Thursday, January 8, 2015

Abigail: The Wise Negotiator

Experiencing conflict is a definite fact of life. There is simply no getting away from this fact. As a
leader, as a human being, it is inevitable that we will face interpersonal conflicts.
Jean Varnier, founder of L’Arche communities confirms it: “Communities need tensions if they are to grow and deepen. Tensions come from conflicts…. A tension or difficulty can signal the approach of a new grace of God. But it has to be looked at wisely and humanly.”  Wisdom must be applied in every conflict that arises in our lives and a Bible character named Abigail exemplified its value (1 Samuel 25).

How did Abigail become a wise negotiator? Here’s the background story: A situation arose when her husband Nabal, which his name means, “fool,” reacted irrationally to one of David’s request for assistance. As a result, David was enraged at Nabal’s reply and uttered death threats. Here’s where Abigail “…an intelligent and beautiful woman…(25:3)appeared in the picture when a servant reported to her how Nabal insulted David’s men and unintentionally caused a potential disaster as a result.

Upon hearing what transpired, Abigail acted quickly to provide what was requested: She took two hundred loaves of bread, two skins of wine, five dressed sheep, five seahs[b] of roasted grain, a hundred cakes of raisins and two hundred cakes of pressed figs, and loaded them on donkeys. She met David, bowed in humility and appealed to David’s prominence versus Nabal’s foolish nature, “Please pay no attention, my lord, to that wicked man Nabal. He is just like his name—his name means Fool, and folly goes with him.” Then, Abigail reminded God’s plan for David:
“Please forgive your servant’s presumption. The Lord your God will certainly make a lasting dynasty for my lord, because you fight the Lord’s battles, and no wrongdoing will be found in you as long as you live. Even though someone is pursuing you to take your life, the life of my lord will be bound securely in the bundle of the living by the Lord your God, but the lives of your enemies he will hurl away as from the pocket of a sling. When the Lord has fulfilled for my lord every good thing he promised concerning him and has appointed him ruler over Israel,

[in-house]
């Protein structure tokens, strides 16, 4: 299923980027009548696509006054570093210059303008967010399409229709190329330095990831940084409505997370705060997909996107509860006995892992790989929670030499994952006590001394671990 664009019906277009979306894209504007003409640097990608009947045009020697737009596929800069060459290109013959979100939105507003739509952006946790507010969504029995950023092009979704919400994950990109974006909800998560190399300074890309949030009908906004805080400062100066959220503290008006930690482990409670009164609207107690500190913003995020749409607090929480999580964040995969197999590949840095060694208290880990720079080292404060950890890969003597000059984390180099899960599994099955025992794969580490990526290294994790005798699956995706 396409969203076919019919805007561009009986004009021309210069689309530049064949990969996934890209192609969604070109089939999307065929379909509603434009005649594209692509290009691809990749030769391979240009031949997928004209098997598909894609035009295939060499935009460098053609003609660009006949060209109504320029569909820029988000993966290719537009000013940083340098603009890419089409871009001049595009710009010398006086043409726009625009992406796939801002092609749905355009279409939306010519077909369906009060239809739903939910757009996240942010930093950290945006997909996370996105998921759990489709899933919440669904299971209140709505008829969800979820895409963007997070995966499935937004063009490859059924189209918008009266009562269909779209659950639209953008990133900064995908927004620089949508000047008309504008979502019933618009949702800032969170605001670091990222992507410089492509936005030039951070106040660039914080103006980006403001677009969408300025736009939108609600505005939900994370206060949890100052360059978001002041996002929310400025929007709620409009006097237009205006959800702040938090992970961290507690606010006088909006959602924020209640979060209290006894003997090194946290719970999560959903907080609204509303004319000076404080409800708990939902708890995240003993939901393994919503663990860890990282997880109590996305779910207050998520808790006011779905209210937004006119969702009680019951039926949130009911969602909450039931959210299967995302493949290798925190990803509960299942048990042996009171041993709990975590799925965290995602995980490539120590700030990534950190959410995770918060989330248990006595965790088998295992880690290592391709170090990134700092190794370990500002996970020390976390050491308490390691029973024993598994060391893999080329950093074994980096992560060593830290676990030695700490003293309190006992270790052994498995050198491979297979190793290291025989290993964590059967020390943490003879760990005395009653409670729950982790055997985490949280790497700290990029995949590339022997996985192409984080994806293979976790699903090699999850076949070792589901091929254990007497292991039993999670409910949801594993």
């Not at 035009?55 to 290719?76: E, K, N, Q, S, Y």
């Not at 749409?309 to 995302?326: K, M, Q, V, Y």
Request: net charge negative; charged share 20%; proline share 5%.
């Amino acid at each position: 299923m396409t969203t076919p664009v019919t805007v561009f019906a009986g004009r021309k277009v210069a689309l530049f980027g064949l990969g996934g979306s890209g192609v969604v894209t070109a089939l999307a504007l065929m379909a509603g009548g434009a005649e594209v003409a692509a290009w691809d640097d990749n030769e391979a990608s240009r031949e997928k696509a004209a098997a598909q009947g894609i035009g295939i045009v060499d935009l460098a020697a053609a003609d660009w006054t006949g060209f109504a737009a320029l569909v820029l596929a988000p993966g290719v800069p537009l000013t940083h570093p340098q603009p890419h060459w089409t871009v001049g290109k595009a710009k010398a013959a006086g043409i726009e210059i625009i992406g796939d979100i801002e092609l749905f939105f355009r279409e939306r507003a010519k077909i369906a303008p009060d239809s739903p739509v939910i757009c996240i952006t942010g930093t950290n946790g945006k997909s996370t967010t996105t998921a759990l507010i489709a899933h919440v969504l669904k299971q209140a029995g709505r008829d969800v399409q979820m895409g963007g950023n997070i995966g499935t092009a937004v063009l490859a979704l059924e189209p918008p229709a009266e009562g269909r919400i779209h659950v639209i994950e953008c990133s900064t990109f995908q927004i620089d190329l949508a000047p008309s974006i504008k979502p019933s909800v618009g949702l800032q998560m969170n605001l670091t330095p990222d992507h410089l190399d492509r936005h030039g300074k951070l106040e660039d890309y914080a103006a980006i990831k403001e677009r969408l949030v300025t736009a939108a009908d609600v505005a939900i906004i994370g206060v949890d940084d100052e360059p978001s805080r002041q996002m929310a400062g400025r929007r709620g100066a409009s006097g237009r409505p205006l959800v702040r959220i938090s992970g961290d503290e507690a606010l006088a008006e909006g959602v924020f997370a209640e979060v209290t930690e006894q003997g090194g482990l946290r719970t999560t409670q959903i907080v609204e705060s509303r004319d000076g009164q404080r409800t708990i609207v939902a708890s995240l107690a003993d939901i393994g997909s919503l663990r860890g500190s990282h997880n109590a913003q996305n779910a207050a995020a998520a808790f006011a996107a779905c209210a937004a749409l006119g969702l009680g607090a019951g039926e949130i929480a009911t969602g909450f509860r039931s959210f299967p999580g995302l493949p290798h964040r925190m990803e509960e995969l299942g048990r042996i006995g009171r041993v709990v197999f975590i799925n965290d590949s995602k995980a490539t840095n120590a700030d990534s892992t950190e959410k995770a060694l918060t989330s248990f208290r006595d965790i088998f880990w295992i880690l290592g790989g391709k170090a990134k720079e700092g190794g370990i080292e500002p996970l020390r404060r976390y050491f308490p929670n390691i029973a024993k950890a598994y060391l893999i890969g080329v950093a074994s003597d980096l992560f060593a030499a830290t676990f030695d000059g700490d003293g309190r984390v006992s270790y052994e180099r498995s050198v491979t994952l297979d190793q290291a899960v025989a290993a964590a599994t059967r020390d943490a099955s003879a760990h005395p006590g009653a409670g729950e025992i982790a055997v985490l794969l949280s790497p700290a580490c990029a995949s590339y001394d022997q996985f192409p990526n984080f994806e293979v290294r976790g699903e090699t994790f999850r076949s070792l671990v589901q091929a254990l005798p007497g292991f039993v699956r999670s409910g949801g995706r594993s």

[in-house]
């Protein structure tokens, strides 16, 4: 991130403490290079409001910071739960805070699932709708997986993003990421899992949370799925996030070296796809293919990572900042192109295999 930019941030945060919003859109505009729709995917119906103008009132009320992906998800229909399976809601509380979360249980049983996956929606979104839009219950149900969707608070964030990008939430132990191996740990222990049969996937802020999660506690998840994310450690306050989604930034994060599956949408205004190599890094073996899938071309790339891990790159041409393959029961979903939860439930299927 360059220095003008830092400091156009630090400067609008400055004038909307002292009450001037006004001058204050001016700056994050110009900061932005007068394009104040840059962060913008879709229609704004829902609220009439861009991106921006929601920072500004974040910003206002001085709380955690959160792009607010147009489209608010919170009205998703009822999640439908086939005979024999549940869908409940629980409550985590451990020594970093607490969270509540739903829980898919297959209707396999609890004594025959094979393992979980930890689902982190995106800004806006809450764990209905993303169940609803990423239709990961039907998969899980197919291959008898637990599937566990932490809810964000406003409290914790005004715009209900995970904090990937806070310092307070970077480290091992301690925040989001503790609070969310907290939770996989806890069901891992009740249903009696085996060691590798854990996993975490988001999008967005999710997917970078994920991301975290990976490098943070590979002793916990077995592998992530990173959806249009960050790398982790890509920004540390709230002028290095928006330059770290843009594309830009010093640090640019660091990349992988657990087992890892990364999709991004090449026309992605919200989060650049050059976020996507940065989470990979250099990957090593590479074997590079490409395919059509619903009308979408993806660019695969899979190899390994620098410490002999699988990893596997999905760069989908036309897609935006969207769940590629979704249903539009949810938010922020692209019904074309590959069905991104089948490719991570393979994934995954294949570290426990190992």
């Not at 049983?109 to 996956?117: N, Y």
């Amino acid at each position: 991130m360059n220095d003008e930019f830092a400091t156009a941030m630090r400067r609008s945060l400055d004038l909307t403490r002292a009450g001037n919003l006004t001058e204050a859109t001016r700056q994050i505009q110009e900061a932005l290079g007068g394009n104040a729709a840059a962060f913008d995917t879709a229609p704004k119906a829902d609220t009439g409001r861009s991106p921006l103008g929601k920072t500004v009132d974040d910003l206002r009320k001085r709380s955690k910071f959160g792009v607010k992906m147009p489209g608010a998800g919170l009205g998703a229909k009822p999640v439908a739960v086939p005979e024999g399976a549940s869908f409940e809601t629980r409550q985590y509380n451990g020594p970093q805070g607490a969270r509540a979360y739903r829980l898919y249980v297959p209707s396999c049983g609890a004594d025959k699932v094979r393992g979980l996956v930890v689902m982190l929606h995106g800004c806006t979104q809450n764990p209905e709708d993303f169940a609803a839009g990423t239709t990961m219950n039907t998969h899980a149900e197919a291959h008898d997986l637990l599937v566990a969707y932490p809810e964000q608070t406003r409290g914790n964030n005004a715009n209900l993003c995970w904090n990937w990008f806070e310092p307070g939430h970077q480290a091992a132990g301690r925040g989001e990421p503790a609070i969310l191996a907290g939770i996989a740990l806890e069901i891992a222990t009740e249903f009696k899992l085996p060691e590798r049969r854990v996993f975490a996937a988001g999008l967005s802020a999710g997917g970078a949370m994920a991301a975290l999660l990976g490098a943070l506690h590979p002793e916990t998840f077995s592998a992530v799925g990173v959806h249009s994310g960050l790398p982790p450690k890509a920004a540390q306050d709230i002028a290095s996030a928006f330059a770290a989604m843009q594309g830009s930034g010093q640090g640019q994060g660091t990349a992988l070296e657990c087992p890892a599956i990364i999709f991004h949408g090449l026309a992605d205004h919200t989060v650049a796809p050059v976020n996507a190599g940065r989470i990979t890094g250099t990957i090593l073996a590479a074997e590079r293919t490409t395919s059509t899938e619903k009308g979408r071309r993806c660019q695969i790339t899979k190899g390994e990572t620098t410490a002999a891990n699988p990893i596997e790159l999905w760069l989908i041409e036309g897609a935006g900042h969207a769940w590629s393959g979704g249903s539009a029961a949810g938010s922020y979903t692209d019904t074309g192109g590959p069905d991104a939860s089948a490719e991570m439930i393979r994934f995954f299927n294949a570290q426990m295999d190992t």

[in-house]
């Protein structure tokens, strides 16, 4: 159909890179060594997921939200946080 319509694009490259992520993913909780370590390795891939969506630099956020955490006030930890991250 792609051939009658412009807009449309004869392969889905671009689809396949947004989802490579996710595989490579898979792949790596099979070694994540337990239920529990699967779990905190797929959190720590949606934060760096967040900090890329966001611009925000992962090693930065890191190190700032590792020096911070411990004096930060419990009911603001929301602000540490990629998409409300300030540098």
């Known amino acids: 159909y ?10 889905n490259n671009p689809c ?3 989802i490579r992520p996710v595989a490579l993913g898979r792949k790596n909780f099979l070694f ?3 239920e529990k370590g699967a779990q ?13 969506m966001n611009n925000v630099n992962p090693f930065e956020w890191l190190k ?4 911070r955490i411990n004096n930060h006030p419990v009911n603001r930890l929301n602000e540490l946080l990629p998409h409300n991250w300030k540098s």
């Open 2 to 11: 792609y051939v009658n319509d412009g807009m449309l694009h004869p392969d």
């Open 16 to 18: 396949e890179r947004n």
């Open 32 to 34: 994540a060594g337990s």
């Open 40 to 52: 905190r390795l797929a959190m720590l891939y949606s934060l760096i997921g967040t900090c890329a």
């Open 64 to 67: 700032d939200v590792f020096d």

Because of Abigail’s courageous action, David was impressed and said: “Praise be to the Lord, the God of Israel, who has sent you today to meet me.” Furthermore, David recognized Abigail’s wisdom, “May you be blessed for your good judgment and for keeping me from bloodshed this day and from avenging myself with my own hands.”  Due to Abigail’s judicious intervention, David gave up his vengeful plan for Nabal, “Otherwise, as surely as the Lord, the God of Israel, lives, who has kept me from harming you, if you had not come quickly to meet me, not one male belonging to Nabal would have been left alive by daybreak.”

Abigail revealed how wisdom and resolute action need to partner in order to save good people from disaster. Being wise in itself may not be sufficient in some situations because it is possible to simply stand by and watch destruction happen that could be avoided if immediate action are not taken. Abigail's example points to the importance of the words chosen when speaking in tense situations. Harsh, loud words may become the catalyst to an unnecessary explosion. They may drive individuals to actions contrary to the intent, which will be regretted later. In contrast we see how calm, carefully calculated words can lead to a peaceful parting or solution: "A soft answer turns away wrath: but grievous words stir up anger" (Proverbs 15:1).

Allow me to share how to P.A.U.S.E. in times of tense situations:
  1. Plan definite actions (pray, get the facts, seek godly counsel and develop options).
  2.  Anticipate the effects (show genuine concern and respect others with humility).
  3. Understand the situation at hand (identify other’s concerns, desires, needs, limitations and fears).
  4. Seek the best solution to diffuse the conflict (prayerful brainstorming).
  5. Evaluate possibilities or scenarios objectively and reasonably (assess, don’t argue).

Remember that conflicts can’t be avoided, but a truly wise person can manage them and to learn how to do just that. A man named Charles M. Campbell quoted in New Outlook gave an important advice to consider: “The simple realization that there are other points of view is the beginning of wisdom. Understanding what they are is a great step. The final test is understanding why they are held.”

Let’s talk again!